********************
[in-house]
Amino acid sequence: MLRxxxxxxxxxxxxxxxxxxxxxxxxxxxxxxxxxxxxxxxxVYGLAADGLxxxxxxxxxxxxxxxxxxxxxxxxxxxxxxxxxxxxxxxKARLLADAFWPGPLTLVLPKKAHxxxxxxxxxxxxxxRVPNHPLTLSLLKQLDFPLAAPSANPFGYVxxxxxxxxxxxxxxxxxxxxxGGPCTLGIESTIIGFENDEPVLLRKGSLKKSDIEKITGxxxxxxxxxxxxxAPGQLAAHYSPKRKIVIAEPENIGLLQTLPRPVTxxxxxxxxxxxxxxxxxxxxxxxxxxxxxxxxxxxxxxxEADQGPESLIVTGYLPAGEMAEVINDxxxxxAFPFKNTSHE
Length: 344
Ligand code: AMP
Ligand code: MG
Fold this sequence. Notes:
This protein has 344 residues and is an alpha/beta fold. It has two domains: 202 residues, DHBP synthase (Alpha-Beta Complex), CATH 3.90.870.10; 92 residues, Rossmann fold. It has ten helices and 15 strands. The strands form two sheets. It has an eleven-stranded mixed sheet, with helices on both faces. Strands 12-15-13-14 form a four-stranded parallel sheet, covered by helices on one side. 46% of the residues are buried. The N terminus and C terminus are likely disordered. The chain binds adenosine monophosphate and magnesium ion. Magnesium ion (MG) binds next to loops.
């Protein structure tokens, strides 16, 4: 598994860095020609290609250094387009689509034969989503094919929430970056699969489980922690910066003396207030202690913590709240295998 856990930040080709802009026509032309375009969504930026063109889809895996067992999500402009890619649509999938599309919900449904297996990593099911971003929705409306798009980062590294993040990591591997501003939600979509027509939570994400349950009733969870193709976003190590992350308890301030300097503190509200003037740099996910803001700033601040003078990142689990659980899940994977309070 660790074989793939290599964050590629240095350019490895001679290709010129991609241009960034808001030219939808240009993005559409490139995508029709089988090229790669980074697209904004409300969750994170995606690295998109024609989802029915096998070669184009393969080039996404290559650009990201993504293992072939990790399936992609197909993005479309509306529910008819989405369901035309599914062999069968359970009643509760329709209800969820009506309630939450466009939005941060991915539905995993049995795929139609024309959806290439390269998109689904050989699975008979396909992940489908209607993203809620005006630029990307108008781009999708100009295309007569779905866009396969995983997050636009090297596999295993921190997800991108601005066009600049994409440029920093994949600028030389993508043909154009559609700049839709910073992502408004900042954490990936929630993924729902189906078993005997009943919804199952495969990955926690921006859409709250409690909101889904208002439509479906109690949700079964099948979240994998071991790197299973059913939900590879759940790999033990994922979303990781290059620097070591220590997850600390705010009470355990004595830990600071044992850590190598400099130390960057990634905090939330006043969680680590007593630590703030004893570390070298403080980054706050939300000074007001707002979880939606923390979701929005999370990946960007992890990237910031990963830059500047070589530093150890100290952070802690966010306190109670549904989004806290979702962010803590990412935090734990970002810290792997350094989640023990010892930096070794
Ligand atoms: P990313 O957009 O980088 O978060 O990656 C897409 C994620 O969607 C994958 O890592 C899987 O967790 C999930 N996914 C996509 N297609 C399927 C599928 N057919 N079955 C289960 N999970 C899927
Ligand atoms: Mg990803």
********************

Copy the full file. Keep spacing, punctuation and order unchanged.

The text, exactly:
[in-house]
Amino acid sequence: MLRxxxxxxxxxxxxxxxxxxxxxxxxxxxxxxxxxxxxxxxxVYGLAADGLxxxxxxxxxxxxxxxxxxxxxxxxxxxxxxxxxxxxxxxKARLLADAFWPGPLTLVLPKKAHxxxxxxxxxxxxxxRVPNHPLTLSLLKQLDFPLAAPSANPFGYVxxxxxxxxxxxxxxxxxxxxxGGPCTLGIESTIIGFENDEPVLLRKGSLKKSDIEKITGxxxxxxxxxxxxxAPGQLAAHYSPKRKIVIAEPENIGLLQTLPRPVTxxxxxxxxxxxxxxxxxxxxxxxxxxxxxxxxxxxxxxxEADQGPESLIVTGYLPAGEMAEVINDxxxxxAFPFKNTSHE
Length: 344
Ligand code: AMP
Ligand code: MG
Fold this sequence. Notes:
This protein has 344 residues and is an alpha/beta fold. It has two domains: 202 residues, DHBP synthase (Alpha-Beta Complex), CATH 3.90.870.10; 92 residues, Rossmann fold. It has ten helices and 15 strands. The strands form two sheets. It has an eleven-stranded mixed sheet, with helices on both faces. Strands 12-15-13-14 form a four-stranded parallel sheet, covered by helices on one side. 46% of the residues are buried. The N terminus and C terminus are likely disordered. The chain binds adenosine monophosphate and magnesium ion. Magnesium ion (MG) binds next to loops.
């Protein structure tokens, strides 16, 4: 598994860095020609290609250094387009689509034969989503094919929430970056699969489980922690910066003396207030202690913590709240295998 856990930040080709802009026509032309375009969504930026063109889809895996067992999500402009890619649509999938599309919900449904297996990593099911971003929705409306798009980062590294993040990591591997501003939600979509027509939570994400349950009733969870193709976003190590992350308890301030300097503190509200003037740099996910803001700033601040003078990142689990659980899940994977309070 660790074989793939290599964050590629240095350019490895001679290709010129991609241009960034808001030219939808240009993005559409490139995508029709089988090229790669980074697209904004409300969750994170995606690295998109024609989802029915096998070669184009393969080039996404290559650009990201993504293992072939990790399936992609197909993005479309509306529910008819989405369901035309599914062999069968359970009643509760329709209800969820009506309630939450466009939005941060991915539905995993049995795929139609024309959806290439390269998109689904050989699975008979396909992940489908209607993203809620005006630029990307108008781009999708100009295309007569779905866009396969995983997050636009090297596999295993921190997800991108601005066009600049994409440029920093994949600028030389993508043909154009559609700049839709910073992502408004900042954490990936929630993924729902189906078993005997009943919804199952495969990955926690921006859409709250409690909101889904208002439509479906109690949700079964099948979240994998071991790197299973059913939900590879759940790999033990994922979303990781290059620097070591220590997850600390705010009470355990004595830990600071044992850590190598400099130390960057990634905090939330006043969680680590007593630590703030004893570390070298403080980054706050939300000074007001707002979880939606923390979701929005999370990946960007992890990237910031990963830059500047070589530093150890100290952070802690966010306190109670549904989004806290979702962010803590990412935090734990970002810290792997350094989640023990010892930096070794
Ligand atoms: P990313 O957009 O980088 O978060 O990656 C897409 C994620 O969607 C994958 O890592 C899987 O967790 C999930 N996914 C996509 N297609 C399927 C599928 N057919 N079955 C289960 N999970 C899927
Ligand atoms: Mg990803």